Junk Faxes May Prove Costly for Florida Dental Practice

Marketing is an essential activity for any small business. But it is important to make sure your efforts to promote the business do not land you in legal hot water. Many marketing activities are regulated by Florida and the federal government, and it is your duty to ensure you (and your employees) follow the law.

Palm Beach Golf-Center Boca, Inc. v. John G. Sarris, D.D.S., P.A.

Even a seemingly harmless act like sending a fax can lead to big legal headaches. One Florida dentist is learning that lesson now. The dentist hired a marketing manager to promote his practice. The marketing manager, in turn, paid an outside company $420 to send advertisements via fax machine to more than 7,000 businesses.

One of those potential customers was a golf equipment store in Palm Beach. They were not happy with the fax—so much so they file a federal class action against the dentist on behalf of everyone who received the unsolicited advertisements. A federal judge dismissed the lawsuit last year, but recently a three-judge panel of the U.S. 11th Circuit Court of Appeals in Atlanta said the case could proceed.

You might wonder how anyone could make a federal case out of a one-page fax. The answer lies in the Telephone Consumer Protection Act of 1991, a federal law which actually prohibits the sending of unsolicited commercial faxes. Anyone who receives such a fax may sue and recover $500 in damages from the sender.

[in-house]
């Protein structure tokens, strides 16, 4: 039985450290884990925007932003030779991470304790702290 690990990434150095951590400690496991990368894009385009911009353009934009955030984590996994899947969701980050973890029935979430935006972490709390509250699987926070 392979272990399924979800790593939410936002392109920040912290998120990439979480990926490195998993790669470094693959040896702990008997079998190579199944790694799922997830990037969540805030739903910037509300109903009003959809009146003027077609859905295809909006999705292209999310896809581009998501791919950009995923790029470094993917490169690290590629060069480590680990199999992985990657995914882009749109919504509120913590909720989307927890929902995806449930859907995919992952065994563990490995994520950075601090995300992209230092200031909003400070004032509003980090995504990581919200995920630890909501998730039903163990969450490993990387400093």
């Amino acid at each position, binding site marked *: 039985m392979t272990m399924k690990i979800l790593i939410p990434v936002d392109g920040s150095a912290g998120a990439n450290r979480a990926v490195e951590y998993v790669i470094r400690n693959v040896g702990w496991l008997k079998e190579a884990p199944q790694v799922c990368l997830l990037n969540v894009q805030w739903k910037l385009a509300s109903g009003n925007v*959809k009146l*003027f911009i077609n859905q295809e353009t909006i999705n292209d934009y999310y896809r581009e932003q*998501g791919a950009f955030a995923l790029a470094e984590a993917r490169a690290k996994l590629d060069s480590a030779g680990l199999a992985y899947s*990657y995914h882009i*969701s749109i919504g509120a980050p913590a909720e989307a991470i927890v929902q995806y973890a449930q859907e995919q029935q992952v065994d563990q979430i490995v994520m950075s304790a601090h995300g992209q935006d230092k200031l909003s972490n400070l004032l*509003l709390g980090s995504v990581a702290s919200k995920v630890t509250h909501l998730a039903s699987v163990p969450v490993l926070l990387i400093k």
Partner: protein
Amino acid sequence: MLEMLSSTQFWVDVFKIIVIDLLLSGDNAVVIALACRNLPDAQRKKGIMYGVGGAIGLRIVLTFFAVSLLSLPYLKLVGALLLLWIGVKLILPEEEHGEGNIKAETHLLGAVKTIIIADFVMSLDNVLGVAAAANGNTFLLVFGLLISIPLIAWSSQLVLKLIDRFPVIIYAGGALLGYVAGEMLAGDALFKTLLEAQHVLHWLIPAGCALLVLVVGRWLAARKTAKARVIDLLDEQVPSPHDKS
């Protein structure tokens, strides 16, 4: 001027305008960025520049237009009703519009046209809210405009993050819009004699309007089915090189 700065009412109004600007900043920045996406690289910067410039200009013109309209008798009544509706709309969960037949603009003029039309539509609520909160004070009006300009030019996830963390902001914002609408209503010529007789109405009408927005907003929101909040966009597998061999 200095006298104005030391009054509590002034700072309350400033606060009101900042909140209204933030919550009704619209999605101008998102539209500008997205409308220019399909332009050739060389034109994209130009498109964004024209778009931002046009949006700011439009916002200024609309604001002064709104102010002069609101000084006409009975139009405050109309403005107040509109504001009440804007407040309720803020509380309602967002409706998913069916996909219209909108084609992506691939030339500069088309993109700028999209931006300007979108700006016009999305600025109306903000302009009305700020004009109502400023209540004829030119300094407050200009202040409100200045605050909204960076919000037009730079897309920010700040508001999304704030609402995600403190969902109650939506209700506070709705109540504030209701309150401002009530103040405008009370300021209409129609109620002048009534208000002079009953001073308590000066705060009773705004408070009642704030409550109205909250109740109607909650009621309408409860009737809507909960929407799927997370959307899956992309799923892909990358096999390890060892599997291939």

As the 11th Circuit explained, the law is designed to prevent the “occupation of the recipient’s telephone line and fax machine.” This may sound quaint in the age of e-mail and the Internet, but the law remains valid. As long as the plaintiffs can prove the defendant send the unsolicited faxes, they are entitled to damages, even if the plaintiffs actually suffered no measurable loss to their own businesses.

The 11th Circuit also allowed the plaintiffs in this case to proceed with a separate claim based on “conversion,” a principle of Florida common law. Conversion occurs whenever someone wrongfully exercises control over the property of another. Here, the plaintiffs allege the defendant basically took possession of their fax machines—albeit for a minute or less—and “converted” their ink and toner to produce the unsolicited advertisement.

On this issue, the appeals court was divided. The majority said what happened here could constitute conversion. One judge disagreed. He argued that an unsolicited fax no more “converts” a recipient’s fax machine than an telemarketing call converts a phone line, or spam converts an Internet connection. Still, it should be noted the majority only said the plaintiffs could pursue a conversion claim against the dental practice—it did not rule on the merits of the argument.

Do Not Make a Costly Mistake

The lesson here is be careful how you market your business. It may seem like a bargain to send out 7,000 faxes for less than $500—but not if you end up with a $3.5 million bill for violating federal law. Marketing, like all aspects of your business, carry legal obligations. If you need the advice of an experienced South Florida business attorney on the laws regarding marketing, or any other subject, contact John S. Sarrett today.

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